Breaking Down Macros

Macro counting has become increasingly popular over the past few years as an easy alternative to meet your health goals without calorie counting. Macro counting has long been used by people with diabetes for blood sugar control and by many athletes to help boost athletic performance. In this blog, we’re taking a closer look at macro counting and how to easily incorporate this practice to help you meet your health goals. 

What are macros?

Macros are short for macronutrients. Macronutrients are the energy-providing nutrients found in food, including carbohydrates, protein, and fat. Micronutrients are non-energy-providing nutrients found in foods like anti-oxidants, vitamins, phytonutrients, and minerals. 

Carbohydrates

Carbohydrates provide the body energy and are primarily found in starches, dairy, and fruit such as beans, potatoes, corn, bread, cereals, grains, all fruits, yogurt, and milk. Carbs provide four calories per gram and typically make up about 50% of the diet, depending on the individual’s goal. Endurance athletes may have a higher goal, while people with diabetes may have a lower plan. For most people, I recommend focusing on whole food carbohydrates at least 80% of the time. Whole food carbs such as beans versus white rice or bread tend to have more fiber helping you balance blood sugars, sustain energy, and promote gut health. 

Fats

Fats are found in dairy, nuts, seeds, olives, avocado, and most animal products. Fats provide nine calories per gram and take the longest to digest compared to carbohydrates and proteins. Healthy fats such as fats from fatty fish, olives, nuts, seeds, avocados are needed in the body to build healthy cell structures, hormones and provide energy. Getting good quality fat is imperative since your body rebuilds its self out of what you eat. For example, your brain is approximately 60% fat. The general recommendation for fat is about 20-35% of the diet. 

Protein

Protein can be found in most foods but is highest in meats, dairy, soy, nuts, seeds, and supplements like Designer Protein powders and Designer Protein chocolate bars. Proteins are needed to build and repair the entire body including enzymes, hormones, and tissues. Protein recommendations range from 10-35% of the diet, depending on age and individual goals.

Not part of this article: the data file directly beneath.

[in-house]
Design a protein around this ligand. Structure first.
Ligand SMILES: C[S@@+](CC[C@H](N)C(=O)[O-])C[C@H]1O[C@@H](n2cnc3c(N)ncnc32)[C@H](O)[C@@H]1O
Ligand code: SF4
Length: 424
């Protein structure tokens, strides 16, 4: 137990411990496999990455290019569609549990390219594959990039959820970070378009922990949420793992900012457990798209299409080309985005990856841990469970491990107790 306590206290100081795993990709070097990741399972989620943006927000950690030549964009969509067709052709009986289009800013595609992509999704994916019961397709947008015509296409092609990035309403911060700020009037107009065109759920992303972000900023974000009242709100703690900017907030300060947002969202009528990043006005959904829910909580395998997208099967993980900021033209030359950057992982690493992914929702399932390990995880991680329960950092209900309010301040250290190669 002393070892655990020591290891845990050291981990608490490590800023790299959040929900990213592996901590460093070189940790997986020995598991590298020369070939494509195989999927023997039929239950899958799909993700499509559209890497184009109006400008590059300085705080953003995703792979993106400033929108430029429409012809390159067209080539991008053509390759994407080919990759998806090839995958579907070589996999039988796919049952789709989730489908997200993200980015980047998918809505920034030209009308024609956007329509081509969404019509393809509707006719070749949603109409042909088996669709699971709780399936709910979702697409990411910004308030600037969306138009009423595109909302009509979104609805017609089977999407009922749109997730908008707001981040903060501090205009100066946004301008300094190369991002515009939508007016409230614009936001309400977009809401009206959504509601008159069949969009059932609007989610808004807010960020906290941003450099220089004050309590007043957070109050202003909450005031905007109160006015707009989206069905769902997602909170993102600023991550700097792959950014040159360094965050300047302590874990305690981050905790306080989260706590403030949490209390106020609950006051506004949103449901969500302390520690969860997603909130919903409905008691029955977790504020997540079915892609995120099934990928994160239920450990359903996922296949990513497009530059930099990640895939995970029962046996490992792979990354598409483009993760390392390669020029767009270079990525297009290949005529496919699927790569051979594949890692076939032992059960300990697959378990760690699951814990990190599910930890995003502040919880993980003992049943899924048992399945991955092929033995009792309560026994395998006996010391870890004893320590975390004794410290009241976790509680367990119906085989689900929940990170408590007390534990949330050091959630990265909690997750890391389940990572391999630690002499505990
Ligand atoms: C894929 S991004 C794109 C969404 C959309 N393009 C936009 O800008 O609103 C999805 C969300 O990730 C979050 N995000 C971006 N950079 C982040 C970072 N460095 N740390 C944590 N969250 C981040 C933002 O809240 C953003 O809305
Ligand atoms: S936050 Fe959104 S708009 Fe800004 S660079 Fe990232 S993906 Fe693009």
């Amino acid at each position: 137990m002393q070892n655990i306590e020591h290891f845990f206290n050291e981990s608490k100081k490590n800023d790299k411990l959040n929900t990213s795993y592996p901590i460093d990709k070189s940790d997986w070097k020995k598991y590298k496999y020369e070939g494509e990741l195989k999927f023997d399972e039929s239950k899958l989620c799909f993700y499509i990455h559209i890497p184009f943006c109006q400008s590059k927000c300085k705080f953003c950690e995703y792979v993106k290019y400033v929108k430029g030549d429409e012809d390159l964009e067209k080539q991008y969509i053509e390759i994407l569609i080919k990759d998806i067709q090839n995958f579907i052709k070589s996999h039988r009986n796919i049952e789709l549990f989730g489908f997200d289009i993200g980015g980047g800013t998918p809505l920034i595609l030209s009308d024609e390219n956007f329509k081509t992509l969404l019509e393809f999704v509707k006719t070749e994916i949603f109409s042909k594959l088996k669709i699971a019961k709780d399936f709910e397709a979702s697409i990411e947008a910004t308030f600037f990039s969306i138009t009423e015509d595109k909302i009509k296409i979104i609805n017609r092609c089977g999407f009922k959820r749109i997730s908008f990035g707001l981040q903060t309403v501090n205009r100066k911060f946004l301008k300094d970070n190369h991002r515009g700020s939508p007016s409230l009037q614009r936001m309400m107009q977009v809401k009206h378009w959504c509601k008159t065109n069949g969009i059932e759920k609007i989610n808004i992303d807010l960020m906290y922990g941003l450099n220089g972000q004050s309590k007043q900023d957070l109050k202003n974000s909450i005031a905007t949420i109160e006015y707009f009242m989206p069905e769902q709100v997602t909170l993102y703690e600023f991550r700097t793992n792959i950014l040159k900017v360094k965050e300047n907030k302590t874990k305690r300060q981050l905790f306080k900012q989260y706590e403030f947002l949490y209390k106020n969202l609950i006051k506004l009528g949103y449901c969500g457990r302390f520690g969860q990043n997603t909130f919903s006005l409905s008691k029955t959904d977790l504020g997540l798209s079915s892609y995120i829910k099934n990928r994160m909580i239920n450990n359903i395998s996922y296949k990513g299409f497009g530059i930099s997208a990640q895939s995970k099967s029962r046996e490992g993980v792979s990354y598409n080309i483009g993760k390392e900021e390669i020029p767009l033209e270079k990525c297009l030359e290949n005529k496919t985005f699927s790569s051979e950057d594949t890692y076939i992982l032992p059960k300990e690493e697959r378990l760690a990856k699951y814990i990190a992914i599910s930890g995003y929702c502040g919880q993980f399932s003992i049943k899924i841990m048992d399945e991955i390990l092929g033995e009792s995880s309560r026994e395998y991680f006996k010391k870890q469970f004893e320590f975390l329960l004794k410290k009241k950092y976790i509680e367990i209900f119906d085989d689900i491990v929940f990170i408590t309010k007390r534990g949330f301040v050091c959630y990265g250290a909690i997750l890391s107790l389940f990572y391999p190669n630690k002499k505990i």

What is a macro diet?

 A macro diet simply focuses on making sure each meal and snack has a certain number of proteins, fats, and carbohydrates that meet your individual goals. Some may concentrate on the composition of macros at the particular meal, while others may focus on an entire day. In my practice, I recommend concentrating on balancing each meal and snack individually. This practice tends to be easier to manage and helps you get the most out of each meal and snack. 

 How to calculate macros?

  1. Calculate your calorie needs. Simply go to this website from the American Council on Exercise and input your information to get an estimate of your calorie needs. 

  2. Once youve determined your calories, you can choose which ratio of carbohydrates, proteins, and fast works best. The Institute of Medicine recommends the below ranges.
    1. Carbohydrate = 45%-65% of calories
    2. Protein = 10%-35% of calories
    3. Fat = 20%-35% of calories; limit saturated and trans fats

These ratios will vary depending on health goals. If someone is trying to control blood sugar or lose weight, they may focus on ~35% carbohydrates, ~35% protein, and ~30% fat to help reduce spikes in blood sugar. If someone is an endurance athlete, they may need more energy to fuel their activity and focus on ~60% carbohydrates, ~20% protein, and ~20% fat. 

  1. It’s important to remember that all of these calculations are estimates. It’s best to start tracking your macros and re-asses to fine-tune and get the result you want. Many people will use phone apps such as Myfitnesspal, Lose It, and My Macro+ to help them track.

 Bottomline

Macro counting is a great way to look beyond the calories and to the quality of the meal. People who dont want to commit to a full day of macro counting can focus on whatever time of day they think they need to most help with. For example, focusing on macro counting in the evening can help nighttime mindless eaters gain control. Check below for an example balanced macro day.  

Balanced Macro Day for Weight loss or Blood Sugar Control

 Breakfast

Designer Protein Shake

 Protein= 31% 

Carbohydrate = 32%

Fat = 37%

AM Snack

1 cup Plain Greek Yogurt

½ cup Blueberries

Lunch

Tuna Sandwich 

Side Salad 

Carbohydrate = 46%

Fat = 22%

Protein = 32%

PM Snack

Hard-Boiled Egg

1 cup Carrots

Dinner

1 Medium Sweet Potato with Butter

3 ounces of Salmon

1 cup Broccoli

Carbohydrates= 27%

Fat= 43%

Protein= 35%

Nighttime snack

Designer Protein Chocolate bar

Carbohydrates = 27%

Fat = 61%

Protein= 11%

Days Macro Total

Carbohydrate = 32%

Fat = 37%

Protein =31%

Provided By: Ginger Cochran, MS, RDN, CDCES, CEP-ACSM

Sources:

Current Sports Medicine: Exercise and the Institute of Medicine recommendations for nutrition
American Council on Fitness: Daily Calorie Needs

International Sports Science Association: Nutrition for Endurance

Essential fatty acids and human brain

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